When is Specific Performance no longer feasible? - Posted by GaryB

Posted by eric on December 06, 2004 at 13:26:08:

Most of the SP lawsuits that I am familiar with involved a buyer who entered into a purchase contract on very favorable terms or they planned to develop and could make a considerable profit on the property. In those instances, the buyer may spend less on the law suit than the profit they could make on the deal, thus justifying the time and expense. Additionally, nearly all real estate purchase contracts contain an attorney fees provision so if successful, they will likely recover their costs in the end (assuming the judgement is actually collectable). Absent those facts, most cases settle for $$ to avoid the risk and uncertainty of long and protracted litigation.

When is Specific Performance no longer feasible? - Posted by GaryB

Posted by GaryB on December 04, 2004 at 14:23:51:

When you are in contract with a seller, they are obligated to sell to you. If they fail to sell to you they have breached the purchase contract and may be liable to you for breach of contract. Very importantly you may sue them, in such a case, for specific performance. Thus getting a Court Order forcing them to sell the property to you.

But what happens if the seller has already sold the property to another buyer who (let’s say) is even already currently residing in the property? I cannot imagine that a Court would reverse the sale that was in breach of your purchase contract, and instead order specific performance (that is, force the seller to sell the house to you). Obviously the house has already been sold to a buyer who is currently residing in the house,(albeit in breach of your contract). Or could the Court reverse that sale and order specific performance?

I imgagine that in such a case, you would only be able to sue seller for the difference between the market value of the house and your contract price, and any other relevant expenditures you may have incurred in reliance upon the purchase contract. Is this correct?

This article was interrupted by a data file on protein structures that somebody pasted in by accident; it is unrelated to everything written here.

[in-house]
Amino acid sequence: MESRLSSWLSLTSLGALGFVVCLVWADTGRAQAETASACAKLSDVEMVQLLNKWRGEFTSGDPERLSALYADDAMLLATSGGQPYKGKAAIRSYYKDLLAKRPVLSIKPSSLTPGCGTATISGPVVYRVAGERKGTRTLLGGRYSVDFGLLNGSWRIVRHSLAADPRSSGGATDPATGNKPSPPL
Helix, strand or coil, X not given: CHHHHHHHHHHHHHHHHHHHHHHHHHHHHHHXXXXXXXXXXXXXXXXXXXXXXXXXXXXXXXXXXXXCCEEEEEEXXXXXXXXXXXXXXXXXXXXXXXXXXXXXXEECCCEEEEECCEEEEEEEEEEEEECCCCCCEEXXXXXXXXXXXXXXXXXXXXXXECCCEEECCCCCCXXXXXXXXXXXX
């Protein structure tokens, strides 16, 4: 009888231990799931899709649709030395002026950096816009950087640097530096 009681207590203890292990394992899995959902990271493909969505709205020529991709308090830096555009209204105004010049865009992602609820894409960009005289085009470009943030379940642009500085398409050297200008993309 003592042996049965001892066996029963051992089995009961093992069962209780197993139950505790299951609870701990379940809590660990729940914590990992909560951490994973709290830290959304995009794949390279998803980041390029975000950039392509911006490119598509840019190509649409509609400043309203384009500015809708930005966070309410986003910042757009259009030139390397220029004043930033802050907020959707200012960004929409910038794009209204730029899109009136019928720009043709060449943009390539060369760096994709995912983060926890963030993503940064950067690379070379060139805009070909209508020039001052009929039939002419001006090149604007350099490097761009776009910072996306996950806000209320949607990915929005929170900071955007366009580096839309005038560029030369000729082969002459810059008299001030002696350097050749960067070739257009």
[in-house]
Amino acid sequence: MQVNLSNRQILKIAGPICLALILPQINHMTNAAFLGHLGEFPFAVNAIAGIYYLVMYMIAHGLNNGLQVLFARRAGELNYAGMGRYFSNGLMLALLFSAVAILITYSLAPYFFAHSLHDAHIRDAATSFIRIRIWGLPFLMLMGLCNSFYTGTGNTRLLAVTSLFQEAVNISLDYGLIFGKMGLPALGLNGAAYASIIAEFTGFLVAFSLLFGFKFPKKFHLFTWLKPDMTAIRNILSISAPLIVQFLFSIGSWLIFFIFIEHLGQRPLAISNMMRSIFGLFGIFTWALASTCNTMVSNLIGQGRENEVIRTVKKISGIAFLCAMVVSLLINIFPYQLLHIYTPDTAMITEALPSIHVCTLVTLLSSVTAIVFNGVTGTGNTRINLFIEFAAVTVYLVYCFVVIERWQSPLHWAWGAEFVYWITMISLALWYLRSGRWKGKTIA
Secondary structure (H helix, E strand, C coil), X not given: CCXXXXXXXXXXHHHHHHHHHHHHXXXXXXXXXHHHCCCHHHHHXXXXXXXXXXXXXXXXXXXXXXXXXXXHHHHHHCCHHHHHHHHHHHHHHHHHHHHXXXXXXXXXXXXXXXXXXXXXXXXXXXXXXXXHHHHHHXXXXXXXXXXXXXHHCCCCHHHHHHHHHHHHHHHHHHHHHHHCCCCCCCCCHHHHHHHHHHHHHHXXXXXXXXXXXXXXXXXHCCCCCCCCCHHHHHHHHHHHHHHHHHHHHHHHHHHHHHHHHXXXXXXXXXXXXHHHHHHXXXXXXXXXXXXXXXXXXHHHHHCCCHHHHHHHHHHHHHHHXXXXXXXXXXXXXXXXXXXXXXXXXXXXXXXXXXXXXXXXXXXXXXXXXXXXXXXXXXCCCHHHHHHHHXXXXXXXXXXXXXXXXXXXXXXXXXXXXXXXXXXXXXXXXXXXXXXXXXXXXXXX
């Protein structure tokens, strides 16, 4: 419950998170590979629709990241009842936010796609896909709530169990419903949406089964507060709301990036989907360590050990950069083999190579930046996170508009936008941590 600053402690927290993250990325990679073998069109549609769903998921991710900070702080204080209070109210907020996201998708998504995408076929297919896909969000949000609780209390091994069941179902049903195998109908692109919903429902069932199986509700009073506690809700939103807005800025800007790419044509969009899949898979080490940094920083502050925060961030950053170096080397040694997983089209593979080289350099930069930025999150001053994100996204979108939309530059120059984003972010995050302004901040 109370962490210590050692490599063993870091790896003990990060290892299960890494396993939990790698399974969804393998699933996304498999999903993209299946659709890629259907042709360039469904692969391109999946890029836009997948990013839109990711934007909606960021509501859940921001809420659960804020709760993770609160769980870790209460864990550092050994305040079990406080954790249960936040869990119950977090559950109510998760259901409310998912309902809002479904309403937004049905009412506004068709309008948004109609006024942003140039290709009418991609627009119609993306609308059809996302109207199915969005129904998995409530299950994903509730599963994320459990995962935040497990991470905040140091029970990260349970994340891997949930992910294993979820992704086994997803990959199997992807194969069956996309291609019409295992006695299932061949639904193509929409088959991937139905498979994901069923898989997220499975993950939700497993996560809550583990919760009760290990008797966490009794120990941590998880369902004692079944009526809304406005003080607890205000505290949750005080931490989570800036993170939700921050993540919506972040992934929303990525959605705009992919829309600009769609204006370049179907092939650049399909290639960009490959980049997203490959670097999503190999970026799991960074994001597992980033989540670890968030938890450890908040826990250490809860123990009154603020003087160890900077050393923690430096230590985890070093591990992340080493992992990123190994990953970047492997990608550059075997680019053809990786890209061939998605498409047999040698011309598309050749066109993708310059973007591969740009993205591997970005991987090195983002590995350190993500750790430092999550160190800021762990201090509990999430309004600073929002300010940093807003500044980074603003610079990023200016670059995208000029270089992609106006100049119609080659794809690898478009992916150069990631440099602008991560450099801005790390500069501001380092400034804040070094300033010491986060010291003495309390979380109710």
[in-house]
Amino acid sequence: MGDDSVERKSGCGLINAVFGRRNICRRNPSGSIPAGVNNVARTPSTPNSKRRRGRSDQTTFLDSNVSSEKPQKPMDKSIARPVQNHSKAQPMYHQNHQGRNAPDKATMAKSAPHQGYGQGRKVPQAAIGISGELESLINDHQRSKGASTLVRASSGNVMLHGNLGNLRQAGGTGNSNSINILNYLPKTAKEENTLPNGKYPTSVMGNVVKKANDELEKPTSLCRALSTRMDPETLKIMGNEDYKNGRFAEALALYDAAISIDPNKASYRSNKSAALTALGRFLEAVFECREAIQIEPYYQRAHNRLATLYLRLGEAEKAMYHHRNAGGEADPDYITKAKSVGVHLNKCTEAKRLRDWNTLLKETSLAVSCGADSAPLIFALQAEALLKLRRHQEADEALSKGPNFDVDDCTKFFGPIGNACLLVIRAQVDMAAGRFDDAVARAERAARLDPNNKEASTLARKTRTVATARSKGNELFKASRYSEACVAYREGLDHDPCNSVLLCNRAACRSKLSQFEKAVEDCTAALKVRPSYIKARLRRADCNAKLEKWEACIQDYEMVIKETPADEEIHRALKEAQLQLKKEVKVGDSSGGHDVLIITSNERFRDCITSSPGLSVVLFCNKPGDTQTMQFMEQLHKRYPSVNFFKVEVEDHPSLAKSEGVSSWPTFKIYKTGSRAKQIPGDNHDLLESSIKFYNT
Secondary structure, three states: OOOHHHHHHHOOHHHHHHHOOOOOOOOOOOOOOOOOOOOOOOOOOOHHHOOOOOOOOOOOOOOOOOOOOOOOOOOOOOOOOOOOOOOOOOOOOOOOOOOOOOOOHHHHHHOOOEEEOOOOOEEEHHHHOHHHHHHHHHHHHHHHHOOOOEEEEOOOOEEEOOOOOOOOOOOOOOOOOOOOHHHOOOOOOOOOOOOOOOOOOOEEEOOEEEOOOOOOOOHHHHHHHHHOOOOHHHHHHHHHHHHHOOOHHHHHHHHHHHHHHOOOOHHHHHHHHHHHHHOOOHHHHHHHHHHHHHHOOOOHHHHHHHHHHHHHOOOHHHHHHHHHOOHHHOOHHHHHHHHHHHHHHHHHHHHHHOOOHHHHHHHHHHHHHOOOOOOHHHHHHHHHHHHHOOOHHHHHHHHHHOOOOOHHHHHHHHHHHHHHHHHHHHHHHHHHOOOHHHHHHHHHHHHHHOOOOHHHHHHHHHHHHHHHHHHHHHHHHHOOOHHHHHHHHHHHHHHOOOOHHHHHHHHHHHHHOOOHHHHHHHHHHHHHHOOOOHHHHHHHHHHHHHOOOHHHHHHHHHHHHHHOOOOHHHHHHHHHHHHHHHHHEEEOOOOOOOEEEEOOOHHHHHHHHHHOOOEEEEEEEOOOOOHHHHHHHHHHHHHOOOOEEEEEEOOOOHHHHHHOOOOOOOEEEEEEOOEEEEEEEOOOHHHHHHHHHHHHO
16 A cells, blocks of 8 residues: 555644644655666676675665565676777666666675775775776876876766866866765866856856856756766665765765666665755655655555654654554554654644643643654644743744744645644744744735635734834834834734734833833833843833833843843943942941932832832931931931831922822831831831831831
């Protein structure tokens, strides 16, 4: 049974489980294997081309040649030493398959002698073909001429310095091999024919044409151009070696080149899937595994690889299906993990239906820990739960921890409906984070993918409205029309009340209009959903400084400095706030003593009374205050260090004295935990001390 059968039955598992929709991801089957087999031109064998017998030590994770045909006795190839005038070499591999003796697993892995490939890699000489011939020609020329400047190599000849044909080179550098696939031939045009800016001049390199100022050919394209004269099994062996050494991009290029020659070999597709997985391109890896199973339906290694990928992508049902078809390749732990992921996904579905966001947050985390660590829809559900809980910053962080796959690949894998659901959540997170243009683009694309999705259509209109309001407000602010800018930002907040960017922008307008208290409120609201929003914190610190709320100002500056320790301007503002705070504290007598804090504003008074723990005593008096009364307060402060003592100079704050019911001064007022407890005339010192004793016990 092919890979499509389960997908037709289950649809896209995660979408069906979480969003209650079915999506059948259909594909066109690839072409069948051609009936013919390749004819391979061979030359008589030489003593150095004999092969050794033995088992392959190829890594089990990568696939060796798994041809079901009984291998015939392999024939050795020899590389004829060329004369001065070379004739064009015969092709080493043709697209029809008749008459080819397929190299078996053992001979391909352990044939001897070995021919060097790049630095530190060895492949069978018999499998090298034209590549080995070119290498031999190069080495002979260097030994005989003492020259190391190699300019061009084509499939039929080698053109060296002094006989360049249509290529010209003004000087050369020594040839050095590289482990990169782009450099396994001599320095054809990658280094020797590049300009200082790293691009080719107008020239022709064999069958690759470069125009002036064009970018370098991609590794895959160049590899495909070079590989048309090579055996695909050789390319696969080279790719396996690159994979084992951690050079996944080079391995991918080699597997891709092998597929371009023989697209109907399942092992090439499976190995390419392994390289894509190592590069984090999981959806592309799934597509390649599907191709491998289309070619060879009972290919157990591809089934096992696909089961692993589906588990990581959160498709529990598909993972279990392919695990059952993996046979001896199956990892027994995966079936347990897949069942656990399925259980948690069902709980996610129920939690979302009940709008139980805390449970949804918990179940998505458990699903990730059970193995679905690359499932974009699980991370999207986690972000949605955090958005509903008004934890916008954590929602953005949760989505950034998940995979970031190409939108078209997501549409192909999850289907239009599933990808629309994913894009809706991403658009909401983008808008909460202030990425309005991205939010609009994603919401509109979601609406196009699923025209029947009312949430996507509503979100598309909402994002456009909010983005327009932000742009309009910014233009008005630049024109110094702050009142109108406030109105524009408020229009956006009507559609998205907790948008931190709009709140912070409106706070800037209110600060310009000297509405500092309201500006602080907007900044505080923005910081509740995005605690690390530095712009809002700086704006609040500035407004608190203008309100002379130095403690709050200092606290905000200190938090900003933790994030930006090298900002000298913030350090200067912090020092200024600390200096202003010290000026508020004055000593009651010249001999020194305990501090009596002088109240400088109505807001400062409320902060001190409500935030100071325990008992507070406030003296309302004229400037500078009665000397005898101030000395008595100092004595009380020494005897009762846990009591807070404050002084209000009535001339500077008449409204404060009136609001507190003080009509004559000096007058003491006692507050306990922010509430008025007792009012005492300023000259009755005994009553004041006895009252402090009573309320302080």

Any real life experience regarding this? Any comments, thoughts, opinions? Thanks.

Re: Specific Performance no longer feasible? - Posted by eric

Posted by eric on December 06, 2004 at 12:39:56:

Specific Performance is considered by the courts to be an “extraordinary remedy” in which you must have no adequate remedy at law. With residential real propery, courts have traditionally deemed such property as “unique” in order to provide a buyer no other remedy at law. In recent years, some courts have been deviating from this rule and awarding pure damages instead.

If a third party buys the property that you were trying to purchase, they must be a “B.F.P.” (bona-fide purchaser for value without notice). If the new purchaser was on notice of your prior contract and that there was a potential dispute, then a court “may” reverse the transaction. However, this is rare and you would have the burden to prove such knowledge.

In “real life,” specific performance suits rarely make it to trial. It is just too expensive. Most real property disputes are resolved in mediation or after most of the discovery is complete and the case can be properly assesed and settled.

Re: Specific Performance no longer feasible? - Posted by GaryB

Posted by GaryB on December 06, 2004 at 13:12:34:

Very well put, Counsel. Thank you.